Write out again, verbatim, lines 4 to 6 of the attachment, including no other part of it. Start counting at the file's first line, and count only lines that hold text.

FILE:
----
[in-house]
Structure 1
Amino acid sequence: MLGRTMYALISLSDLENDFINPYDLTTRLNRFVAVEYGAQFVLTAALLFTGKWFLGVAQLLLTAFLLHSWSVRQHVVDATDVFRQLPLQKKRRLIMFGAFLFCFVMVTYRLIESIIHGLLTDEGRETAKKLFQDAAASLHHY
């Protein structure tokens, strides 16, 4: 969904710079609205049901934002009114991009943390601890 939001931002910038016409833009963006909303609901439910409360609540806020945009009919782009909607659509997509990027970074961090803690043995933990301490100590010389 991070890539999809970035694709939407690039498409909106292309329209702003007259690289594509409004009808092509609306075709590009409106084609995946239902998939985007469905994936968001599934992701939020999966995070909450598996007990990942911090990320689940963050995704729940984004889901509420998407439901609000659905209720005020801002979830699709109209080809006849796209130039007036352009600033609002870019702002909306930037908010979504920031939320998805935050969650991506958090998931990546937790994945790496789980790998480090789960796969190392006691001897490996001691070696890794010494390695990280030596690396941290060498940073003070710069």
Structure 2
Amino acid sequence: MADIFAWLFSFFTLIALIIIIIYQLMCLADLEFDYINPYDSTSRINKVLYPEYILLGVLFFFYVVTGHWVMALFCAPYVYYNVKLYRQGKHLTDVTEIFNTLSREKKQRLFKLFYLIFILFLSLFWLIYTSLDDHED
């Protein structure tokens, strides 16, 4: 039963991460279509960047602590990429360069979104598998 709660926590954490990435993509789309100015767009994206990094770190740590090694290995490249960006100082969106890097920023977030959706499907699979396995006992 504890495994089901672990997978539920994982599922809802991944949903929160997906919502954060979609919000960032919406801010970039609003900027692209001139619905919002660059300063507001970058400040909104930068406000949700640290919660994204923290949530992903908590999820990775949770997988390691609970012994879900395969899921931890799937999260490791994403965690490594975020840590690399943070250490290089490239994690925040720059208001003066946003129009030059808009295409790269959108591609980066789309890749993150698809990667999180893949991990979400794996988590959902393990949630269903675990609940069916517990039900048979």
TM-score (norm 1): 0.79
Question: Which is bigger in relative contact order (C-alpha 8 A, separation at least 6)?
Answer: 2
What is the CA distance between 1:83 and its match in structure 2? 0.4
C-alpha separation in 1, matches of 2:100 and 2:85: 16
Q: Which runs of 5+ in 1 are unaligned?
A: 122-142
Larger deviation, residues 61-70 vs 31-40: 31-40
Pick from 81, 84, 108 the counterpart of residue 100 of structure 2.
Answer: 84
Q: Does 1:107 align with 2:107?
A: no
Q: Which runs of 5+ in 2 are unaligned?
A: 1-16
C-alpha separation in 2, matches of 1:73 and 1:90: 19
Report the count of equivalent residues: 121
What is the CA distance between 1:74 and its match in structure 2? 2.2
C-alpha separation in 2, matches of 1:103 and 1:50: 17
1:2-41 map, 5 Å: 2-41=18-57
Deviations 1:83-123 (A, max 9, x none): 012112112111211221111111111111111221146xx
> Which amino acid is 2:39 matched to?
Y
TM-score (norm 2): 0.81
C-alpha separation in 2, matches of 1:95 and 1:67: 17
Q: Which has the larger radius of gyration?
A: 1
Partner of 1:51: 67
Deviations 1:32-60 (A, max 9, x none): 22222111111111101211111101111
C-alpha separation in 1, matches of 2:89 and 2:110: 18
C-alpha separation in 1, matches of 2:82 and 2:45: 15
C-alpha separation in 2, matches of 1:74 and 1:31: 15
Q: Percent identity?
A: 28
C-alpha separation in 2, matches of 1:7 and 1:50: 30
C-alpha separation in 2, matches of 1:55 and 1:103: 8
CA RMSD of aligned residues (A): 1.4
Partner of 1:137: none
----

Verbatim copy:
């Protein structure tokens, strides 16, 4: 969904710079609205049901934002009114991009943390601890 939001931002910038016409833009963006909303609901439910409360609540806020945009009919782009909607659509997509990027970074961090803690043995933990301490100590010389 991070890539999809970035694709939407690039498409909106292309329209702003007259690289594509409004009808092509609306075709590009409106084609995946239902998939985007469905994936968001599934992701939020999966995070909450598996007990990942911090990320689940963050995704729940984004889901509420998407439901609000659905209720005020801002979830699709109209080809006849796209130039007036352009600033609002870019702002909306930037908010979504920031939320998805935050969650991506958090998931990546937790994945790496789980790998480090789960796969190392006691001897490996001691070696890794010494390695990280030596690396941290060498940073003070710069």
Structure 2
Amino acid sequence: MADIFAWLFSFFTLIALIIIIIYQLMCLADLEFDYINPYDSTSRINKVLYPEYILLGVLFFFYVVTGHWVMALFCAPYVYYNVKLYRQGKHLTDVTEIFNTLSREKKQRLFKLFYLIFILFLSLFWLIYTSLDDHED